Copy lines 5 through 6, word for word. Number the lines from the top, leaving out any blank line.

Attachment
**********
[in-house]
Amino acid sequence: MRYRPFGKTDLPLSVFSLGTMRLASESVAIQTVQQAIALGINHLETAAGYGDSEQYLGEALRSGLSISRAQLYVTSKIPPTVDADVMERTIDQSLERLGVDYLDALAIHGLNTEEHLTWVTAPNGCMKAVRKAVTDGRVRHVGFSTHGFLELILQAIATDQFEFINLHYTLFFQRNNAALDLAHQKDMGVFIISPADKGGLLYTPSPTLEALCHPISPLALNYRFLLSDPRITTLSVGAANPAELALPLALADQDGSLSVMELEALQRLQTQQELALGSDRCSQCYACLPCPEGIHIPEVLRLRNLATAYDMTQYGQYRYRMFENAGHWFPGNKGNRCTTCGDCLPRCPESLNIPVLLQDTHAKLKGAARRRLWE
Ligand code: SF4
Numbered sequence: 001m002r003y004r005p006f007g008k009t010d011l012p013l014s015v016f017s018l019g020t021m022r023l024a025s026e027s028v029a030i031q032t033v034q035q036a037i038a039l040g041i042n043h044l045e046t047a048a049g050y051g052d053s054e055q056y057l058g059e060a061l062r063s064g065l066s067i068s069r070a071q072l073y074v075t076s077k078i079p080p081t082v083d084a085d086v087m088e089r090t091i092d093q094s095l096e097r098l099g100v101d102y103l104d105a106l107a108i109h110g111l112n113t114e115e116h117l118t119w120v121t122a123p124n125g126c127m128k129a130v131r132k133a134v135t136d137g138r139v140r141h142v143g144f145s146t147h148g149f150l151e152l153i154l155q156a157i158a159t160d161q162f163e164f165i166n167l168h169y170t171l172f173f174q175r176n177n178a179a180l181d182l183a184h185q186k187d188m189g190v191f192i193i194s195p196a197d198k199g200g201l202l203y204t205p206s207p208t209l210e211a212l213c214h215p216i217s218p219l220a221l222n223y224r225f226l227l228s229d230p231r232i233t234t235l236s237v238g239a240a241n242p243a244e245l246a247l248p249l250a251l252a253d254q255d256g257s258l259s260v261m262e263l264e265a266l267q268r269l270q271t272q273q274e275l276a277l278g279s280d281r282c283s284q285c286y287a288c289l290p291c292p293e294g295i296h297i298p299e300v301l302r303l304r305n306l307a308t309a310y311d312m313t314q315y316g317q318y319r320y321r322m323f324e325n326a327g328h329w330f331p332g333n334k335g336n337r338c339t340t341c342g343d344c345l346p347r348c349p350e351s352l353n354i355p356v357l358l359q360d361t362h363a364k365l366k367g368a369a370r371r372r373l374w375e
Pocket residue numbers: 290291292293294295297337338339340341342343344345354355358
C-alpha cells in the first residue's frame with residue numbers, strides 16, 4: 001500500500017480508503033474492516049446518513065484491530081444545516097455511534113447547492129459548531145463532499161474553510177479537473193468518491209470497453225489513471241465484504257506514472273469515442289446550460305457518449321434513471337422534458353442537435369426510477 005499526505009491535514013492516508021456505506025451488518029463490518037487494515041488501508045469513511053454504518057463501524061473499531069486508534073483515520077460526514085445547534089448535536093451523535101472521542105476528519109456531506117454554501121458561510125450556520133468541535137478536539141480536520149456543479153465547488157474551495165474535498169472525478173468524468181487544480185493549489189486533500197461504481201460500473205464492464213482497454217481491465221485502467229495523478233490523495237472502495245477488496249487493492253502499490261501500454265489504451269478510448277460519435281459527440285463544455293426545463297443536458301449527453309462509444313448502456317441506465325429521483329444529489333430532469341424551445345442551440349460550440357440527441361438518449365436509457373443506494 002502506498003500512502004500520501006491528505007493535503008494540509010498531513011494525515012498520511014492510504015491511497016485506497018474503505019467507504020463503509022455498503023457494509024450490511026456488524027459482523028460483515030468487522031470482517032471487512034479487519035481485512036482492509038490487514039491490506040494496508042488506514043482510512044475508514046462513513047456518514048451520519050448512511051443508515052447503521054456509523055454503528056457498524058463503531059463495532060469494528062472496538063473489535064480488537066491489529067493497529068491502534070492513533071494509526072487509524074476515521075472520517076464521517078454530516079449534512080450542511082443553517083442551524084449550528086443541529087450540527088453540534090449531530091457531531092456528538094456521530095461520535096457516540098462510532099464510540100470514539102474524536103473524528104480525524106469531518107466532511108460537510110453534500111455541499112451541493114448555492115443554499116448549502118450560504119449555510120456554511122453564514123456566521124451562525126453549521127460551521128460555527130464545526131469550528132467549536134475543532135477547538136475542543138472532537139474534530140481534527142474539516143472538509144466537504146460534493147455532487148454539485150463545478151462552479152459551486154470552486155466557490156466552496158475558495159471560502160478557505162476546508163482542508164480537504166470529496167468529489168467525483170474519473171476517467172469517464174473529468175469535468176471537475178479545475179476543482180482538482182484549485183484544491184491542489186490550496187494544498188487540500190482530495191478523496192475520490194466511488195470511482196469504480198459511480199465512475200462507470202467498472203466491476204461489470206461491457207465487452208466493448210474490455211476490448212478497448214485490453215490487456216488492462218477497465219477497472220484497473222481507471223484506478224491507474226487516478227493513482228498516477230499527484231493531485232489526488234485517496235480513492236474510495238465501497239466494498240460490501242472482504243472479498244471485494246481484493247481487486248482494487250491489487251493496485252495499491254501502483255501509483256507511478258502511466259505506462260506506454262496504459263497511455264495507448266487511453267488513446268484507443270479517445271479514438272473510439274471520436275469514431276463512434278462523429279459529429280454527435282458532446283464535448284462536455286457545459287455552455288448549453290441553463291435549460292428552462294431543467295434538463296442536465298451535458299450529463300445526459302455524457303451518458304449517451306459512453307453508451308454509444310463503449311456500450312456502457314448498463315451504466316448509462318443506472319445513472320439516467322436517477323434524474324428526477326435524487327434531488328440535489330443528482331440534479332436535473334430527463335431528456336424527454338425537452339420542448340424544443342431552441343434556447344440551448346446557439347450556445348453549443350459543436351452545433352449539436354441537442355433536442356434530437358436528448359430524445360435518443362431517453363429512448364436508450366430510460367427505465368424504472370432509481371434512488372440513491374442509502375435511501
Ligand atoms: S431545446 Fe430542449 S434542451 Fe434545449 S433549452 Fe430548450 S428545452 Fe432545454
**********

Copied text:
Pocket residue numbers: 290291292293294295297337338339340341342343344345354355358
C-alpha cells in the first residue's frame with residue numbers, strides 16, 4: 001500500500017480508503033474492516049446518513065484491530081444545516097455511534113447547492129459548531145463532499161474553510177479537473193468518491209470497453225489513471241465484504257506514472273469515442289446550460305457518449321434513471337422534458353442537435369426510477 005499526505009491535514013492516508021456505506025451488518029463490518037487494515041488501508045469513511053454504518057463501524061473499531069486508534073483515520077460526514085445547534089448535536093451523535101472521542105476528519109456531506117454554501121458561510125450556520133468541535137478536539141480536520149456543479153465547488157474551495165474535498169472525478173468524468181487544480185493549489189486533500197461504481201460500473205464492464213482497454217481491465221485502467229495523478233490523495237472502495245477488496249487493492253502499490261501500454265489504451269478510448277460519435281459527440285463544455293426545463297443536458301449527453309462509444313448502456317441506465325429521483329444529489333430532469341424551445345442551440349460550440357440527441361438518449365436509457373443506494 002502506498003500512502004500520501006491528505007493535503008494540509010498531513011494525515012498520511014492510504015491511497016485506497018474503505019467507504020463503509022455498503023457494509024450490511026456488524027459482523028460483515030468487522031470482517032471487512034479487519035481485512036482492509038490487514039491490506040494496508042488506514043482510512044475508514046462513513047456518514048451520519050448512511051443508515052447503521054456509523055454503528056457498524058463503531059463495532060469494528062472496538063473489535064480488537066491489529067493497529068491502534070492513533071494509526072487509524074476515521075472520517076464521517078454530516079449534512080450542511082443553517083442551524084449550528086443541529087450540527088453540534090449531530091457531531092456528538094456521530095461520535096457516540098462510532099464510540100470514539102474524536103473524528104480525524106469531518107466532511108460537510110453534500111455541499112451541493114448555492115443554499116448549502118450560504119449555510120456554511122453564514123456566521124451562525126453549521127460551521128460555527130464545526131469550528132467549536134475543532135477547538136475542543138472532537139474534530140481534527142474539516143472538509144466537504146460534493147455532487148454539485150463545478151462552479152459551486154470552486155466557490156466552496158475558495159471560502160478557505162476546508163482542508164480537504166470529496167468529489168467525483170474519473171476517467172469517464174473529468175469535468176471537475178479545475179476543482180482538482182484549485183484544491184491542489186490550496187494544498188487540500190482530495191478523496192475520490194466511488195470511482196469504480198459511480199465512475200462507470202467498472203466491476204461489470206461491457207465487452208466493448210474490455211476490448212478497448214485490453215490487456216488492462218477497465219477497472220484497473222481507471223484506478224491507474226487516478227493513482228498516477230499527484231493531485232489526488234485517496235480513492236474510495238465501497239466494498240460490501242472482504243472479498244471485494246481484493247481487486248482494487250491489487251493496485252495499491254501502483255501509483256507511478258502511466259505506462260506506454262496504459263497511455264495507448266487511453267488513446268484507443270479517445271479514438272473510439274471520436275469514431276463512434278462523429279459529429280454527435282458532446283464535448284462536455286457545459287455552455288448549453290441553463291435549460292428552462294431543467295434538463296442536465298451535458299450529463300445526459302455524457303451518458304449517451306459512453307453508451308454509444310463503449311456500450312456502457314448498463315451504466316448509462318443506472319445513472320439516467322436517477323434524474324428526477326435524487327434531488328440535489330443528482331440534479332436535473334430527463335431528456336424527454338425537452339420542448340424544443342431552441343434556447344440551448346446557439347450556445348453549443350459543436351452545433352449539436354441537442355433536442356434530437358436528448359430524445360435518443362431517453363429512448364436508450366430510460367427505465368424504472370432509481371434512488372440513491374442509502375435511501